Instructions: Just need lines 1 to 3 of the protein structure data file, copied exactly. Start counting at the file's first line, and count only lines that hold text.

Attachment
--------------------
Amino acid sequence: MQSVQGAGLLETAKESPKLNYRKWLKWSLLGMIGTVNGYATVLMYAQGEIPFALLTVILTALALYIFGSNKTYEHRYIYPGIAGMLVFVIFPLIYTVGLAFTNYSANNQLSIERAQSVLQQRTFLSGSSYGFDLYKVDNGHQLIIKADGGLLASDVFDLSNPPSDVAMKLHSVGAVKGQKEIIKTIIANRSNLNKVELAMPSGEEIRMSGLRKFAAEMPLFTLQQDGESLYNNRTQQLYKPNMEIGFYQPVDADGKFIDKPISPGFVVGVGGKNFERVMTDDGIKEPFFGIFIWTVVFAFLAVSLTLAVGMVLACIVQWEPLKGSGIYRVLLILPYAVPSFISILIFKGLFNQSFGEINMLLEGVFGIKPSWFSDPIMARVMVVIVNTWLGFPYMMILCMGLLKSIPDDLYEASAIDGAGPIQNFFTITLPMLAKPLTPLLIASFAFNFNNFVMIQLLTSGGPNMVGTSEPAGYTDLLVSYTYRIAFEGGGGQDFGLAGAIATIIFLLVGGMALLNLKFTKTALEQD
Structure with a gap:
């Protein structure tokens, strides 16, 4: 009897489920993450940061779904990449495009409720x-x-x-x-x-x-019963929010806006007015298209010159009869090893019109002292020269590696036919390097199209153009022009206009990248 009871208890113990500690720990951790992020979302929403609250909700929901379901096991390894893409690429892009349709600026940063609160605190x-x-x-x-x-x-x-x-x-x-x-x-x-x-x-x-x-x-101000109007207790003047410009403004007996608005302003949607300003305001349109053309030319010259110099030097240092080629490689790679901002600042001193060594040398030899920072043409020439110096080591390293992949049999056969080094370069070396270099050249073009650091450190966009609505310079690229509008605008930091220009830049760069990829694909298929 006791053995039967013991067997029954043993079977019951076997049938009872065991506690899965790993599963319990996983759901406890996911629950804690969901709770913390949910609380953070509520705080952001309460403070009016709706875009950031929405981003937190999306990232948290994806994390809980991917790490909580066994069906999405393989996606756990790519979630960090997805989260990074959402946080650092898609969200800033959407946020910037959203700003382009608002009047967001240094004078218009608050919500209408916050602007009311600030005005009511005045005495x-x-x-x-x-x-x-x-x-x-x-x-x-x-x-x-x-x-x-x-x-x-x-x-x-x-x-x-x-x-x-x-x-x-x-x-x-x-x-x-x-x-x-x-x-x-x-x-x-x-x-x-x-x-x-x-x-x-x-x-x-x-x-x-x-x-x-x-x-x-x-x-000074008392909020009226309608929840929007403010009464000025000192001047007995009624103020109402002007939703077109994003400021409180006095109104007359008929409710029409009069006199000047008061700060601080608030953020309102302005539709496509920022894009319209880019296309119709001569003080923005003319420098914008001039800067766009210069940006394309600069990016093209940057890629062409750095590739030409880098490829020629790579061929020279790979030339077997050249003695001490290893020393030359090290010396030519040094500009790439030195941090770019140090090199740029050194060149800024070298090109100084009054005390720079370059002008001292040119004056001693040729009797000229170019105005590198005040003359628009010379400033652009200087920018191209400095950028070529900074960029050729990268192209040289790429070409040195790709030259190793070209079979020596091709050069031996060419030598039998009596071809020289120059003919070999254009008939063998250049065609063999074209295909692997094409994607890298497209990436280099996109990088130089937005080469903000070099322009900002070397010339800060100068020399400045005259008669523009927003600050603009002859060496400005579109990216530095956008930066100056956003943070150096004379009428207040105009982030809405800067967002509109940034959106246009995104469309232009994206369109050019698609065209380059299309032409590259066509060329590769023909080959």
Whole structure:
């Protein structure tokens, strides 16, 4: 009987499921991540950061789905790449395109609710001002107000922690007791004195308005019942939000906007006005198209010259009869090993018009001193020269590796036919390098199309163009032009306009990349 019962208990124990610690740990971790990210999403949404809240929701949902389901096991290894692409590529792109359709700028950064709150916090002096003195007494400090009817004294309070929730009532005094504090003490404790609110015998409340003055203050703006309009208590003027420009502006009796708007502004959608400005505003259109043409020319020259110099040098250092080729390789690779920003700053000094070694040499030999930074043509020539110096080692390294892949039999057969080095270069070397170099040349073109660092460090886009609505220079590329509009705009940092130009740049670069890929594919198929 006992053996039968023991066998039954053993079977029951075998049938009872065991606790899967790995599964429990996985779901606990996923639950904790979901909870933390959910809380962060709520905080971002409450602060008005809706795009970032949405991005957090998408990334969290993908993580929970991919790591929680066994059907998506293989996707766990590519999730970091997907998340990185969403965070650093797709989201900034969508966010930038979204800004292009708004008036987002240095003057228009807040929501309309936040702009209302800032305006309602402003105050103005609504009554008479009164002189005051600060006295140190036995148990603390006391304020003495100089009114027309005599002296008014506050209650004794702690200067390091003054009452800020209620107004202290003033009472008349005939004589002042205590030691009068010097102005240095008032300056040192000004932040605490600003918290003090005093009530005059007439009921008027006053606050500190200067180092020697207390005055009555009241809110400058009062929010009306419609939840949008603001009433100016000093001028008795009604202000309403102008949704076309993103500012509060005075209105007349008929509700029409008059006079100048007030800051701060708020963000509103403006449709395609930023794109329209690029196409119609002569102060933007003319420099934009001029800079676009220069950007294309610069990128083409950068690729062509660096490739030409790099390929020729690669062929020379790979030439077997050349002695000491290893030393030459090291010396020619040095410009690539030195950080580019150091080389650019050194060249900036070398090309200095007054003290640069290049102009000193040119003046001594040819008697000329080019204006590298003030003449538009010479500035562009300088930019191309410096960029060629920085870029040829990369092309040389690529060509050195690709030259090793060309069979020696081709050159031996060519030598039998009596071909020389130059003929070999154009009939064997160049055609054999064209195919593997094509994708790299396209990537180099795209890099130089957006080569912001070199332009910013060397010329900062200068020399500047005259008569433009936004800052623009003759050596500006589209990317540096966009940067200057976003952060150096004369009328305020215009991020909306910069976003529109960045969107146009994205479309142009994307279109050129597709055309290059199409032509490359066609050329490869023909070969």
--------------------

Amino acid sequence: MQSVQGAGLLETAKESPKLNYRKWLKWSLLGMIGTVNGYATVLMYAQGEIPFALLTVILTALALYIFGSNKTYEHRYIYPGIAGMLVFVIFPLIYTVGLAFTNYSANNQLSIERAQSVLQQRTFLSGSSYGFDLYKVDNGHQLIIKADGGLLASDVFDLSNPPSDVAMKLHSVGAVKGQKEIIKTIIANRSNLNKVELAMPSGEEIRMSGLRKFAAEMPLFTLQQDGESLYNNRTQQLYKPNMEIGFYQPVDADGKFIDKPISPGFVVGVGGKNFERVMTDDGIKEPFFGIFIWTVVFAFLAVSLTLAVGMVLACIVQWEPLKGSGIYRVLLILPYAVPSFISILIFKGLFNQSFGEINMLLEGVFGIKPSWFSDPIMARVMVVIVNTWLGFPYMMILCMGLLKSIPDDLYEASAIDGAGPIQNFFTITLPMLAKPLTPLLIASFAFNFNNFVMIQLLTSGGPNMVGTSEPAGYTDLLVSYTYRIAFEGGGGQDFGLAGAIATIIFLLVGGMALLNLKFTKTALEQD
Structure with a gap:
């Protein structure tokens, strides 16, 4: 009897489920993450940061779904990449495009409720x-x-x-x-x-x-019963929010806006007015298209010159009869090893019109002292020269590696036919390097199209153009022009206009990248 009871208890113990500690720990951790992020979302929403609250909700929901379901096991390894893409690429892009349709600026940063609160605190x-x-x-x-x-x-x-x-x-x-x-x-x-x-x-x-x-x-101000109007207790003047410009403004007996608005302003949607300003305001349109053309030319010259110099030097240092080629490689790679901002600042001193060594040398030899920072043409020439110096080591390293992949049999056969080094370069070396270099050249073009650091450190966009609505310079690229509008605008930091220009830049760069990829694909298929 006791053995039967013991067997029954043993079977019951076997049938009872065991506690899965790993599963319990996983759901406890996911629950804690969901709770913390949910609380953070509520705080952001309460403070009016709706875009950031929405981003937190999306990232948290994806994390809980991917790490909580066994069906999405393989996606756990790519979630960090997805989260990074959402946080650092898609969200800033959407946020910037959203700003382009608002009047967001240094004078218009608050919500209408916050602007009311600030005005009511005045005495x-x-x-x-x-x-x-x-x-x-x-x-x-x-x-x-x-x-x-x-x-x-x-x-x-x-x-x-x-x-x-x-x-x-x-x-x-x-x-x-x-x-x-x-x-x-x-x-x-x-x-x-x-x-x-x-x-x-x-x-x-x-x-x-x-x-x-x-x-x-x-x-000074008392909020009226309608929840929007403010009464000025000192001047007995009624103020109402002007939703077109994003400021409180006095109104007359008929409710029409009069006199000047008061700060601080608030953020309102302005539709496509920022894009319209880019296309119709001569003080923005003319420098914008001039800067766009210069940006394309600069990016093209940057890629062409750095590739030409880098490829020629790579061929020279790979030339077997050249003695001490290893020393030359090290010396030519040094500009790439030195941090770019140090090199740029050194060149800024070298090109100084009054005390720079370059002008001292040119004056001693040729009797000229170019105005590198005040003359628009010379400033652009200087920018191209400095950028070529900074960029050729990268192209040289790429070409040195790709030259190793070209079979020596091709050069031996060419030598039998009596071809020289120059003919070999254009008939063998250049065609063999074209295909692997094409994607890298497209990436280099996109990088130089937005080469903000070099322009900002070397010339800060100068020399400045005259008669523009927003600050603009002859060496400005579109990216530095956008930066100056956003943070150096004379009428207040105009982030809405800067967002509109940034959106246009995104469309232009994206369109050019698609065209380059299309032409590259066509060329590769023909080959």